27 Jul At-Will Contracts Are Not Executory Contracts
Executory contracts get special treatment in bankruptcy. They are roughly defined as a contract where both parties still have to perform – think lease – unlike a loan where the lender’s obligations ended when the loan was made.
Executory contracts need to be listed in Schedule G, giving notice of the bankruptcy case to theother party to the executory contract (and the trustee). A Chapter 13 debtor or a Chapter 7 trustee can assume an executory contract if it is not for personal services or a loan. (An opera singer’s contract to perform at the Metropolitan Opera House is the common example of an executory contract for personal services.)
The 13 debtoror trusteemust cure, or provide adequate assurance of the ability to cure, any defaultwhen assuming the contract. The contract isrejected if it is not properly assumed, and the debtor does not have to continue paying under it. The automatic stay ends as to any leased personal property(think car) upon rejection, although a Chapter 7 debtor can ask the lessor if the debtor (not the bankruptcy estate) can assume the lease.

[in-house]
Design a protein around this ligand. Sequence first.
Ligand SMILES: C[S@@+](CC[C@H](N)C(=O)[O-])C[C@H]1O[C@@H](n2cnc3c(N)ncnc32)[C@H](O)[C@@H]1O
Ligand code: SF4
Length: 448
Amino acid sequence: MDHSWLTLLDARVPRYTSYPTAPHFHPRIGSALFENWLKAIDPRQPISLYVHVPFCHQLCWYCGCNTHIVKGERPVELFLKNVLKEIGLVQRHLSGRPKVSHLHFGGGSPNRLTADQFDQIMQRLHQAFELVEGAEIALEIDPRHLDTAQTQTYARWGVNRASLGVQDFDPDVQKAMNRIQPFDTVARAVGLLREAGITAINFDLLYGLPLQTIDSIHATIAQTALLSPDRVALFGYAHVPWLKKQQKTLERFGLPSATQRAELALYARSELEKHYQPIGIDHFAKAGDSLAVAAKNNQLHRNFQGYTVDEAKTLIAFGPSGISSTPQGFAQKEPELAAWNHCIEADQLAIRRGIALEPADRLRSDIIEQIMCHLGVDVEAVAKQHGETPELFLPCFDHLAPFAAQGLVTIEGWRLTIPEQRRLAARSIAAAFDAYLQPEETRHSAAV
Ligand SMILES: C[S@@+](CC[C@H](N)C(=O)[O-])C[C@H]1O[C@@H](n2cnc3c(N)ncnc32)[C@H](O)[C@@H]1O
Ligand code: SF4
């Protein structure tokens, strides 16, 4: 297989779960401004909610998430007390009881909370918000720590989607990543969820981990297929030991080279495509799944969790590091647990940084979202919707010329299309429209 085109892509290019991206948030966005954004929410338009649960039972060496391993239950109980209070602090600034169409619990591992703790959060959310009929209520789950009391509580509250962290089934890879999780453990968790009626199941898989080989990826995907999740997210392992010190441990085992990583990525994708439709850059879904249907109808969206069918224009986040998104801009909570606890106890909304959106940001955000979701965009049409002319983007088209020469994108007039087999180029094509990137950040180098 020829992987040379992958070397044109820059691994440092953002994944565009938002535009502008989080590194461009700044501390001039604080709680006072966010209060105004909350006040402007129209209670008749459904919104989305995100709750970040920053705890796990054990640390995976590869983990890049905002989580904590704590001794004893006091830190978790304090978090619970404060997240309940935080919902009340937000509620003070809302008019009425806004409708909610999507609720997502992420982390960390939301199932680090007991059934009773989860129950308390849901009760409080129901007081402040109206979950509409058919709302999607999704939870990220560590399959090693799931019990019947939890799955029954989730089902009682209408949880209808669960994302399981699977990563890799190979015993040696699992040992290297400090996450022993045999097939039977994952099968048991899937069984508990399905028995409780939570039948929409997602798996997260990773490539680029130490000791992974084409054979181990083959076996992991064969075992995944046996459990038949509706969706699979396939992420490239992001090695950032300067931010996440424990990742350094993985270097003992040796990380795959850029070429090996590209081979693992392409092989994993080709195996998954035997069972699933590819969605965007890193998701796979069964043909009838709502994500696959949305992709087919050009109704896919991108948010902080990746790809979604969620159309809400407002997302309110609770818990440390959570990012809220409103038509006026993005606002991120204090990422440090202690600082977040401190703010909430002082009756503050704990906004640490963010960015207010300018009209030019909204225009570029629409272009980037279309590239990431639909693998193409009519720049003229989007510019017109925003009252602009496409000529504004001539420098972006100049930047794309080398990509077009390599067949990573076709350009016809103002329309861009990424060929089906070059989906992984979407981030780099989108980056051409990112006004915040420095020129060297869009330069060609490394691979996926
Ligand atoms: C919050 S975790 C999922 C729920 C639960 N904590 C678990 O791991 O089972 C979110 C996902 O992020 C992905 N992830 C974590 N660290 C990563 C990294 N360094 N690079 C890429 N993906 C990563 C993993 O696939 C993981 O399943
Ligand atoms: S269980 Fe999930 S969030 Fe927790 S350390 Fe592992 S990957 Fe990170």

Post-filing payments under anexecutory contract must be made until the contract is assumed or rejected.
Executory contracts commonly include leases, whether residential or for a car. They do not include at-will contracts, perhaps for employment or for storage.
And that’s the point of all this. (Wondering when I would get to this?) There’s no obligation for either party to continue performance in an at-will contract, which is a key element in the definition of an executory contract. Parties to at-will contracts do not get notice of the bankruptcy filing. There’s no need for a formal assumption to avoid rejection. With an at-will contract, there’s just nothing to assume (or reject).The parties continue performing, or not, as they each see fit.
Assumption of an executory contract does NOT mean that the debtor can be sued for a later breach. Assumption is not reaffirmation. It merely reflects an agreement abouta debtor’s continued performance and benefits of an assumed executory contract.
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